Nuts. Good thing I don't like drink...lol
All these bastard trial lawyers who are one reason folks like me live in perpetual pain should be lined up and hung from lamposts.
I'm just plain broke as well and wary of any medication ......
I'm going the surgery route soon. I have an MRI Tuesday. I do not like to take any medication so am trying to shop around for a structural repair.
I'm skeered of cadaver fusion and another surgery right now.
I'd prefer the dope I confess.
For now....I just live with it. I have some Zanaflex....weak shite but it helps.
"The notion that medical knowledge should only be in the hands of a special class of specially trained persons (i.e., physicians), who should not have to answer questions is silly."
Didn't say that, don't mean that. I go to docs that get me the results I require, i.e., fixed or as close to it as possible. I expect them to be up on the latest treatments - drugs, hardware, whatever. If they don't get the job done, I go elsewhere.
I simply have reservations about applying "Madison Avenue" to selling drugs. Because that's what it is - increasing demand based on patients seeing the ads. Docs see *a lot* that the non-physician can't possibly see. And *that's* what I pay for - his/her experience. I'm a bright guy, but I don't work with sick people 10 hours a day.
I don't have a problem with looking stuff up - I do it all the time. But I think the notion that a layman can have more than a rough idea of what's up in medicine is silly.
I hear ya- I did go at my sister's insistence to an accupuncture Doc and he gave me wierd mulch to brew up and drink for a few days to give me energy ( those were the nights I was posting at 0500) and then had a total "Chi" experience when laying in there with approx 9 needles in me - a big release of emotion and pain relief - rather shocking actually- and then 3 days of mystery capsules and green tea- I see him tomorrow- write me to hear the rest of the story- I have spinal arthritis- and bad disks with tears and bulgings here and there- my husbands cousing after 30 years of pain from being blown out of 3 jeeps in the army has had relief from his accupuncture- I had to cold turkey celebrex and seem ok so far-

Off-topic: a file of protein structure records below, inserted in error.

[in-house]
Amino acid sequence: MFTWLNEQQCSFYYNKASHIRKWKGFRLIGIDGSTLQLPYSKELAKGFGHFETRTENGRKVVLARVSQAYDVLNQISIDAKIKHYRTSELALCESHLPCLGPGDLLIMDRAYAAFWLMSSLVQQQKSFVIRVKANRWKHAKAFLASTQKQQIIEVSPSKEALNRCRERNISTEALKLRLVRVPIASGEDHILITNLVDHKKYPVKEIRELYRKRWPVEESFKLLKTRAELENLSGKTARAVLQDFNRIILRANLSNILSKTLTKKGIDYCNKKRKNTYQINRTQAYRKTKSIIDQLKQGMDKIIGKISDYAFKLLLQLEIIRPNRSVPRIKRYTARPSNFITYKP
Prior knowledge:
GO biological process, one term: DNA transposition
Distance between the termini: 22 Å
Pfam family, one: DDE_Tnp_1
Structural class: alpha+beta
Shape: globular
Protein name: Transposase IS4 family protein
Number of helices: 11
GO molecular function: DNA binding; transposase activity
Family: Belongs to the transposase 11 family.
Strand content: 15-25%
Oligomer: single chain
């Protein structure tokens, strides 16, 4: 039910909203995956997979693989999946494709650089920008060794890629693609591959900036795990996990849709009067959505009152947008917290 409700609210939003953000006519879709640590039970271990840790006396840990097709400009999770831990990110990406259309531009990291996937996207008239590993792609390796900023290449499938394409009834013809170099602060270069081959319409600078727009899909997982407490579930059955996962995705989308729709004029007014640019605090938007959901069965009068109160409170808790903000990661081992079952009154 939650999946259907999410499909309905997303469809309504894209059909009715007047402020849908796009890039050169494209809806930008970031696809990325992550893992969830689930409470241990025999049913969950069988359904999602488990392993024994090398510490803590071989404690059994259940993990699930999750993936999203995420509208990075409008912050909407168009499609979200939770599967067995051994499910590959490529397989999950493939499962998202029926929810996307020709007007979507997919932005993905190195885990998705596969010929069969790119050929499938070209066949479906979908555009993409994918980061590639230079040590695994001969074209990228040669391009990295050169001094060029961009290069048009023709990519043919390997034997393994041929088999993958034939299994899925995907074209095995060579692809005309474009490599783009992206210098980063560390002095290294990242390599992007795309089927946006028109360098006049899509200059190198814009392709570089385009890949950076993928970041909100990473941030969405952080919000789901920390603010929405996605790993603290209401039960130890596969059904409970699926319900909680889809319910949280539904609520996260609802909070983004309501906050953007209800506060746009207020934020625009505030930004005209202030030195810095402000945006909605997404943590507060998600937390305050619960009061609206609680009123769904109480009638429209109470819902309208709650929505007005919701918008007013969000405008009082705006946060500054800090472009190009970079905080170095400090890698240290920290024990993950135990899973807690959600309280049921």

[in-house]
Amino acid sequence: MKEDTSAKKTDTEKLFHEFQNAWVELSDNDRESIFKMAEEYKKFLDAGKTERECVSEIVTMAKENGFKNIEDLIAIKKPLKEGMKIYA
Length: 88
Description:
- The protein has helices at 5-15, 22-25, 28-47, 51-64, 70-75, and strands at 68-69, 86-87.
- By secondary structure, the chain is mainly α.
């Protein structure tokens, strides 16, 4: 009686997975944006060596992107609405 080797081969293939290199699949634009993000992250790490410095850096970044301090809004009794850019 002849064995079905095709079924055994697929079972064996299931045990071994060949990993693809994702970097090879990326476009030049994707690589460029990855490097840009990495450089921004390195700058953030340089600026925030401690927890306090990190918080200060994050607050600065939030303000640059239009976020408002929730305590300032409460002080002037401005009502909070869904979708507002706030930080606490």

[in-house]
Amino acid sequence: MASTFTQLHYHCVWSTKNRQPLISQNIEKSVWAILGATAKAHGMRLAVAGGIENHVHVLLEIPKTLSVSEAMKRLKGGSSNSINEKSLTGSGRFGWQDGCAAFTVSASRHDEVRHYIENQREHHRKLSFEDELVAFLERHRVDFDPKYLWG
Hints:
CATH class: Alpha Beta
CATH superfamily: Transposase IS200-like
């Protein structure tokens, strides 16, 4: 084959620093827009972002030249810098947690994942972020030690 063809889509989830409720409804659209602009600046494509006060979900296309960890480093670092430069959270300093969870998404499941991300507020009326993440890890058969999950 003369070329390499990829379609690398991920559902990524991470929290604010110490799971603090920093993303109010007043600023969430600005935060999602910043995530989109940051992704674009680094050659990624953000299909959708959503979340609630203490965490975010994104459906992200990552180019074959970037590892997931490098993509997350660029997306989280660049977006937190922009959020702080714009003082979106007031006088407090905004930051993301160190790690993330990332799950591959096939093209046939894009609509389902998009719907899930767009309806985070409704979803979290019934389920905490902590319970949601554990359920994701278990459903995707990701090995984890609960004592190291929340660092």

Alledgedly they have a new artifical (no dead people parts) disc replacement and then dremel off, per se, the bone spurs. I swim about an hour every day and it helps a whole lot. What kills me is walking on the concrete at the widget works......
I get a massage three times a week on top of the swim and ride my bicycle about an hour a day........ when the back is really hurting I hit the jacuzzi for a while. Works thus far but it's got to be fixed.......limiting my ability to play hard and live long IMHO.
Obviously, if a drug company says something that is an outright lie about its product, then that's fraud, and should be treated as such.
However, I think (based on casual observation) that drug-related illnesses caused by a closed-system of medical care have been greater than those caused by an open-system (or, as you put it, a "Madison Avenue" approach). For example, thalidomide in England, and DES here in the U.S., were prescribed with the best of intentions by experts.
In sum, I believe you can't have one freedom without the other: if you want the unprecedented freedom to look stuff up on the Internet (including, by the way, the reputations and backgrounds of MDs, as well as any litigation pending against them), you must also accept a company's right to hawk its latest pill. Drug companies are now posting the results of their double-blind studies on new drugs. That's good news. It's now up to you and me -- the market -- to caution others not to take Madison Avenue at face value, but to treat all advertisements with skepticism, and to question those in a position to provide answers about drug-related ads: the doctor. Of course, if the doctor merely resents having to answer these sorts of questions to begin with, then that's his problem; obviously, he's got a poor bedside manner (he needs some remedial training to help him cope with the new doctor/patient relationship, which, today, is more like supplier-of-service/buyer-of-service, and no longer like God/obedient-subject).
The position of medicine today is similar to the position of religion in the 17th century when the field of comparative or critical theology was established. Suddenly, the clergy were put in the embarrassing position of having to answer QUESTIONS from lay persons about apparent contradictions in the Bible and Church dogma. How awful! Still, if what is good for the soul benefits from a free market of ideas, then the same must be true of what is good for the body.
Rush did not doctor shop.
Yikes. If I gave the idea that I thought legislation is the answer, and I suppose I could have been taken that way, it's not what I meant. While I wish misleading, or at best marginal advertising would go away, it won't, and I need to/will get over it and continue to protect myself with the mentioned skepticism.
As for answering detailed, pointed questions, that's another pass/fail gate for a doc with me. They have to, and all of mine (and as I get older there seem to be more) do, gladly. I think they are going to customer service training, or at least they are around here. The "I'm the doc you listen" attitude is pretty much gone in my experience.
jacuzzis, massages, babes.....you liar!
You're Hugh Hefner!